Art and Life and Coronavirus: What Does it Mean?
So many folks are thoughtfully and often with great introspection finding meaning in the human experience of the pandemic. I have been doing my habitual undisciplined musing on that and almost anything/everything else, without creating the mental space necessary to really focus on the issue. All of the reminders to value what we have are lovely now as before, but I feel that there is something more here.
I know that any train of thought that I might develop matters little in this giant sea of change and pain. But one of the reasons that I started writing a blog about ten years ago was to bring a little form to my musings, teasing out something resembling conclusions from the mishmash.
I have been considering the twin truths of life being brutal and life being magnificent.
“Life is nasty, brutish, and short.”
I looked up this quote in Writing Explained to make sure that I had it right, and lo, look what I found in the explanation:
“This expression comes from the author Thomas Hobbes, in his work Leviathan, from the year 1651.
He believed that without a central government, there would be no culture, no society, and it would seem like all men were at war with one another.
- In such condition there is no place for industry, because the fruit thereof is uncertain, and consequently no culture of the earth, no navigation nor the use of commodities that may be imported by sea, no commodious building, no instruments of moving and removing such things as require much force, no knowledge of the face of the earth, no account of time, no arts, no letters, no society, and which is worst of all, continual fear and danger of violent death, and the life of man, solitary, poor, nasty, brutish, and short.”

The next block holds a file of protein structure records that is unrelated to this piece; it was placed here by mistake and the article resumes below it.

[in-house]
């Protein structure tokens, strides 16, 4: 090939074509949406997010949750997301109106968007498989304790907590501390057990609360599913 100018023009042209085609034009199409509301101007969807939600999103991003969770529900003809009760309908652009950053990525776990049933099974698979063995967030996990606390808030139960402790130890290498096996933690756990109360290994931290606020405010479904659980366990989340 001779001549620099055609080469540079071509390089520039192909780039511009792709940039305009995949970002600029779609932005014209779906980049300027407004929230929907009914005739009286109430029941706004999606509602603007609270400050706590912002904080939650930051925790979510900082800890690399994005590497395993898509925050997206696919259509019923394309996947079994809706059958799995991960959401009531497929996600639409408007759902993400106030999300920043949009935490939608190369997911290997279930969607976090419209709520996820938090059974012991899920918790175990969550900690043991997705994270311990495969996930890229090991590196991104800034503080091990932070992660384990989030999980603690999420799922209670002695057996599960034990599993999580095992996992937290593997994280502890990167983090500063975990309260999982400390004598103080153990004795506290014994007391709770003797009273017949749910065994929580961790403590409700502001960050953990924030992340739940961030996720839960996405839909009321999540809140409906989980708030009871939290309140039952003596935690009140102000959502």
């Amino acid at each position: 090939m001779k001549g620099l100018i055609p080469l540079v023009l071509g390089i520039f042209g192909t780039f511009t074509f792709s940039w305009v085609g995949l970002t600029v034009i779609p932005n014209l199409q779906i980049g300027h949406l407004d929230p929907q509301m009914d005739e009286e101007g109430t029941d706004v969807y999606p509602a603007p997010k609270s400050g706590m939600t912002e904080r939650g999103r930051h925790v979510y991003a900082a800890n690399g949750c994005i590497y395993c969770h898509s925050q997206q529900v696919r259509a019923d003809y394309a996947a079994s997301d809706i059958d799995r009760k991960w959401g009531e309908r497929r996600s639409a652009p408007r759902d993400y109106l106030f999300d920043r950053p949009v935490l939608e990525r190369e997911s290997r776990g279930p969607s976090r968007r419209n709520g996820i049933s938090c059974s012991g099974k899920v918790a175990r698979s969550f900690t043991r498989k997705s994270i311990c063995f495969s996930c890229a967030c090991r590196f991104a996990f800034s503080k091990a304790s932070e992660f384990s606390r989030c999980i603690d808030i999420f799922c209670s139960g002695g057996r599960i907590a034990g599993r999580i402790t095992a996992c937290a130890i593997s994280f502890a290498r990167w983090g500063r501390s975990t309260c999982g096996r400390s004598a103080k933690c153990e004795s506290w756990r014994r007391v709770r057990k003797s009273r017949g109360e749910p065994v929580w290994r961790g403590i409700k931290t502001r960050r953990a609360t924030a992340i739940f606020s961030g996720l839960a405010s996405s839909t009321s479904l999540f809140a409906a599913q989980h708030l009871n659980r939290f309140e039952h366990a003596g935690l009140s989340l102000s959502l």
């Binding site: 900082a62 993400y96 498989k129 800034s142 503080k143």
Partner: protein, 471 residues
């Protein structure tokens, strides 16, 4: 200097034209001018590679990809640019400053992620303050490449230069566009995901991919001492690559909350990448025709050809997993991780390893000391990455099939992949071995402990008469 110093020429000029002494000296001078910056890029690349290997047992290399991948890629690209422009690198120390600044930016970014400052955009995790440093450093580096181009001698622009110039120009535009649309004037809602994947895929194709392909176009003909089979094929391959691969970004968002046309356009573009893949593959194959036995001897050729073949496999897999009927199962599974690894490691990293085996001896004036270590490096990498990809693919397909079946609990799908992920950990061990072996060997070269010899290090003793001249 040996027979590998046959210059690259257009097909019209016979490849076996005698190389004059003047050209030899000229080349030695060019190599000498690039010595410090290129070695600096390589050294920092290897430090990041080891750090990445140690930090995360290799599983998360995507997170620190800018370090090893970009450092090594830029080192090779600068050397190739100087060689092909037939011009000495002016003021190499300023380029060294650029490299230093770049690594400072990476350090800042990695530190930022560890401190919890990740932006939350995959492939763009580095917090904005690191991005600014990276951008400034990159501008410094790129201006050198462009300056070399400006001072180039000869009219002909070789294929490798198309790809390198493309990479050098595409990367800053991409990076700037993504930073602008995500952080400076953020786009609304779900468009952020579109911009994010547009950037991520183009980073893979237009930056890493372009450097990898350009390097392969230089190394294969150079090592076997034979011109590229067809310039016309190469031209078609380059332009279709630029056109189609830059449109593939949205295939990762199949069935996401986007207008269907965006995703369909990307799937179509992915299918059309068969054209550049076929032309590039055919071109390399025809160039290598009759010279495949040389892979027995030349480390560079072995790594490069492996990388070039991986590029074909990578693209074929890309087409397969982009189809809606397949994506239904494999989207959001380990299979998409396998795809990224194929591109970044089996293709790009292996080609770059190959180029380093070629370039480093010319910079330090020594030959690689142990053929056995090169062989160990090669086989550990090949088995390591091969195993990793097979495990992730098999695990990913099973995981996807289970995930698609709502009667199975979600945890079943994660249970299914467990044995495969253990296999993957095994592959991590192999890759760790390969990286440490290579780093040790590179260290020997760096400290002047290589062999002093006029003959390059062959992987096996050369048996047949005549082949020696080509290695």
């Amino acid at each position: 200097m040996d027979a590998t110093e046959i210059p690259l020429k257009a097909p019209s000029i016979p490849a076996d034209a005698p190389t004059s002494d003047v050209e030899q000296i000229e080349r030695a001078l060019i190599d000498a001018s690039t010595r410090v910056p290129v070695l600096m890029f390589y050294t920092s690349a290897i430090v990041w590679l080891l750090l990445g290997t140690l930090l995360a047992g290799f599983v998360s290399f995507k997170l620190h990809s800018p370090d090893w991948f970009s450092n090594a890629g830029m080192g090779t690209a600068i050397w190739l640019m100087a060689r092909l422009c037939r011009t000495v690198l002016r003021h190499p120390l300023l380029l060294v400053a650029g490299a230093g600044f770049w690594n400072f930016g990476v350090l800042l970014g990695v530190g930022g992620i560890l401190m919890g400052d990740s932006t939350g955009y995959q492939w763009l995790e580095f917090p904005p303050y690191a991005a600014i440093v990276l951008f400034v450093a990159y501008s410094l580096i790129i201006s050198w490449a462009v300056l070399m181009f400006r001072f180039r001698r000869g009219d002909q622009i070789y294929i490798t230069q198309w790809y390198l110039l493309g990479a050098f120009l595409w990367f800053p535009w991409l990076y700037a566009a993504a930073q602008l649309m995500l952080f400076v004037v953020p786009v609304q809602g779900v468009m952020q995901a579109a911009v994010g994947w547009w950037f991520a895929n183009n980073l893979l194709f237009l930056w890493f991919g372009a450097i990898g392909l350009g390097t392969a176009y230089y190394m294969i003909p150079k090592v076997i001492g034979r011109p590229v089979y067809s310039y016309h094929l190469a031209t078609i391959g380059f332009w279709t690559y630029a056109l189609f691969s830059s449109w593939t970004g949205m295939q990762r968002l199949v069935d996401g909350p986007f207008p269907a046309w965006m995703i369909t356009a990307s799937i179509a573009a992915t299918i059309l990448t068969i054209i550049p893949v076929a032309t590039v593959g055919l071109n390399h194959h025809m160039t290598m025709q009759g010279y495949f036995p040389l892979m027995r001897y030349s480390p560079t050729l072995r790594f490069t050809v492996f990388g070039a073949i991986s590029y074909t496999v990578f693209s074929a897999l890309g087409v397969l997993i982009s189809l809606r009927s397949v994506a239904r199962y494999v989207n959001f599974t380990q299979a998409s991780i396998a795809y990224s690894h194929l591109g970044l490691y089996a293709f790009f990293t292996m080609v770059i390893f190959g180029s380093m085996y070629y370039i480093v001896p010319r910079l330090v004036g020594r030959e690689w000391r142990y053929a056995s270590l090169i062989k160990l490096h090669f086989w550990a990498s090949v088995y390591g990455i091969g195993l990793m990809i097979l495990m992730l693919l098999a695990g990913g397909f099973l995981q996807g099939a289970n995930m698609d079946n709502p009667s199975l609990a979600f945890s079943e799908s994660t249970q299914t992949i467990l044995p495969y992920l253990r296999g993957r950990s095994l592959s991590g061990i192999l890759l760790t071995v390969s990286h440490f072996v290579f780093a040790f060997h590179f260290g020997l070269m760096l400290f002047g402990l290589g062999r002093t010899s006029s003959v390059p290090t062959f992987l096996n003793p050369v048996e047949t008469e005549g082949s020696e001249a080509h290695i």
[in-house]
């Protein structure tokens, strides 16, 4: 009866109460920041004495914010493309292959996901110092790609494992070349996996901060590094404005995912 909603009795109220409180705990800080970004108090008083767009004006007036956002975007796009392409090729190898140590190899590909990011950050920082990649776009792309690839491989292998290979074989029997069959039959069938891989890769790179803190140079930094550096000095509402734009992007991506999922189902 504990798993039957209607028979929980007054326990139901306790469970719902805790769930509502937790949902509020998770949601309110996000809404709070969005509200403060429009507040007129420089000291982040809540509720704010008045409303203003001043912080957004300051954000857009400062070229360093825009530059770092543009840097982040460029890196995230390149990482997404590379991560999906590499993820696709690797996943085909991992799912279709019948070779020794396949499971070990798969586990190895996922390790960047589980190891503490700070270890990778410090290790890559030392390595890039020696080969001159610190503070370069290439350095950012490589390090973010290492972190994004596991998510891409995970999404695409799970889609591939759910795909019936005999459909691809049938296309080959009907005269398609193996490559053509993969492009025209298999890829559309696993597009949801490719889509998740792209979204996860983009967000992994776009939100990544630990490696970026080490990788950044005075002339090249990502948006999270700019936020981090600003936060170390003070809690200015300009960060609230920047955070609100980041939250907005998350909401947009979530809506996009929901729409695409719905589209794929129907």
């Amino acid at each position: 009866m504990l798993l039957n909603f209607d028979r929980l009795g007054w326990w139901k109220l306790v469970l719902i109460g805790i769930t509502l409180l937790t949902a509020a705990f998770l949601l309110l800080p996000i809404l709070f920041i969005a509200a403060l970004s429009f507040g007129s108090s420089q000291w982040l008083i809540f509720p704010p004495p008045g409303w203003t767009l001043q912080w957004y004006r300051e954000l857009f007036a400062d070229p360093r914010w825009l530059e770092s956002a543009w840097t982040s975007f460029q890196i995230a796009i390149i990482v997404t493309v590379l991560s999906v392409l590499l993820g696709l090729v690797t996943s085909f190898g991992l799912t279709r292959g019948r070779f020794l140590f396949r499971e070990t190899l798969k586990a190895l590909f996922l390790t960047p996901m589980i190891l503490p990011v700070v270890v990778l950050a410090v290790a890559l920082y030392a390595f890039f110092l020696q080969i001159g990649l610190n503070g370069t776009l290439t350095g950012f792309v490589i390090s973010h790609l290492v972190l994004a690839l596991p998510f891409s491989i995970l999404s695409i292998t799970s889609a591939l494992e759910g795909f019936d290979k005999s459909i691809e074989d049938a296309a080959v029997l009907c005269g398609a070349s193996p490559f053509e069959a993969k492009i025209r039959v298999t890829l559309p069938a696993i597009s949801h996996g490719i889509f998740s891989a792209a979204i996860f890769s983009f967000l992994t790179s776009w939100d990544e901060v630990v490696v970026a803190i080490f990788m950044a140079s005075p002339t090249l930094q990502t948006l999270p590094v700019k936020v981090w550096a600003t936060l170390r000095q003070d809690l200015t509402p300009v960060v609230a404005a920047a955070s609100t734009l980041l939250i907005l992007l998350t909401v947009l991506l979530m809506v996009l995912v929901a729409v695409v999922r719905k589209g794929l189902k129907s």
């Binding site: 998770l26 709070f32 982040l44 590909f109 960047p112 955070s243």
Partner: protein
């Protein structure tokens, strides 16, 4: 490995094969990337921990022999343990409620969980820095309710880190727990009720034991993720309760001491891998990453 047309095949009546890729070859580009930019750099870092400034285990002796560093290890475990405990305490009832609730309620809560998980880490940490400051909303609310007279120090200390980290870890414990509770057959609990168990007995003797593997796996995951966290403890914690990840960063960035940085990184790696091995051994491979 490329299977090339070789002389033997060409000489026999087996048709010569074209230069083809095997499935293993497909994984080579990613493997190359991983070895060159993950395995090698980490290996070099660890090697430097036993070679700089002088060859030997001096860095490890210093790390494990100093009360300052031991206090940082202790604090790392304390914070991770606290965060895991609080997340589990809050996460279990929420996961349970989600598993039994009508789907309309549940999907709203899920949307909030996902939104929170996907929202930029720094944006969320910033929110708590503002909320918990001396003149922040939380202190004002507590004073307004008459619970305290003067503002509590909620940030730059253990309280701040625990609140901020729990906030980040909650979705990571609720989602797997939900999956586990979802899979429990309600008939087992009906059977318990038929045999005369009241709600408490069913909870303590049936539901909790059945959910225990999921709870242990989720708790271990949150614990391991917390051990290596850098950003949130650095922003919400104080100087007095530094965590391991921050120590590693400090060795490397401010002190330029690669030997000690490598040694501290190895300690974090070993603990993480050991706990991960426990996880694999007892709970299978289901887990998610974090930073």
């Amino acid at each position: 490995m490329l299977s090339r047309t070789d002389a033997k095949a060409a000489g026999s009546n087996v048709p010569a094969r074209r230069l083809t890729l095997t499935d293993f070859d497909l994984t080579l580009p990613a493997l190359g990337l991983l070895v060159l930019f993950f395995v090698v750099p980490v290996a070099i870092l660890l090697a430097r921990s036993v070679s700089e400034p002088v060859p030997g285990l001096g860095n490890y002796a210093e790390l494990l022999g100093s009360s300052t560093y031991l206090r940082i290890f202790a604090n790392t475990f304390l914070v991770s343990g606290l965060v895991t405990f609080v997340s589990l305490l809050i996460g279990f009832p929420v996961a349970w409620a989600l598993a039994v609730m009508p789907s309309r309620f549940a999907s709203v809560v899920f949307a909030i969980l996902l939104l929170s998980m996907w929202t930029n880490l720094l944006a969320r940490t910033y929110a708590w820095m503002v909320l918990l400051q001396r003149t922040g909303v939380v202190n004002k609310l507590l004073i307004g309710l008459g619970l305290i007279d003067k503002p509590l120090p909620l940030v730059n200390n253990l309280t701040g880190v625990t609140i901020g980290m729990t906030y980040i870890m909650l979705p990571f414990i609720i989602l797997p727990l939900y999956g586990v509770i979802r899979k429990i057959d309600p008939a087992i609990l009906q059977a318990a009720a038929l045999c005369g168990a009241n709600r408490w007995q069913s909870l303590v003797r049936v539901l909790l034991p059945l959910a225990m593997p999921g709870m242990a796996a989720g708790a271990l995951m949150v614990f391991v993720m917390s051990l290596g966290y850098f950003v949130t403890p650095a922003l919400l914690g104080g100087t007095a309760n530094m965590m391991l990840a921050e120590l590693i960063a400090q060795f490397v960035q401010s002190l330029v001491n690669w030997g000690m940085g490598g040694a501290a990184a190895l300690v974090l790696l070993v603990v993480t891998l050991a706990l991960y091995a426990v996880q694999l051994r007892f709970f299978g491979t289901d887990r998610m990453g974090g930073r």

If this does not hit home in our present circumstances, I don’t know what does. As the federal government has been working for 3+ years to dismantle our government itself in favor of an oligarchy run by big money, it has also undermined the response to the virus, making life much, much nastier and shorter for many.
What is the antidote, on a personal level?
The question of what is magnificent is is almost self-evident, so let’s shift that to—what is meaningful?
For me, family, studio practice, yoga, nature, close friends, wider arts community. Now as before. I am incredibly fortunate that much of that is as accessible now as always, maybe more so.
The creative practice is huge, almost a living, breathing thing.
In person and physical contact with family, friends, and the wider community is where we feel our loss most keenly. In our far-flung life-style, many friendships were already carried forward through social media, phone, email, and/or some form of live streaming; but in those cases, we also often lamented the distance. Here, we can look to appreciate all of those forms of communication—just imagine if we didn’t have them!—and also soften into the anticipation of being unselfconsciously with others again.
For a discussion of living in the Catskills during the pandemic and on avoiding the grass-is-greener trap, follow this link to a recent short phone interview with Brett Barry or Silver Hollow Audio, who is producing a new podcast platform, Kaatscast (you may recognize him from WAMC’s Soundbeat).
As the virus has doubled down on our resources, we can only double down on what we love, exploring new possibilities and cherishing the ongoing ones that are possible, albeit sometimes in an altered fashion, in these times.
I started this post before the murder-by-cop of George Floyd in Minneapolis and the protests that have erupted around the nation in the past few days. Is it possible that we have finally had enough, that this is a defining moment in our nation? And is it possible that the pandemic has played some part in our determination to change the culture and address racism head-on, after seeing the larger number of deaths from Covid-19 in black and brown communities? Are we in fact stronger, having gained fresh perspective on what is important?
I am sharing a painful yet brilliant drawing by my friend Veronica Lawlor.
You can view her blog here:
Building on what we have that we value most, this can be a moment of desperately needed change. If finally moving to reform the culture of a racist and violent police force comes out of this period, we will have significantly moved the dial forward in America.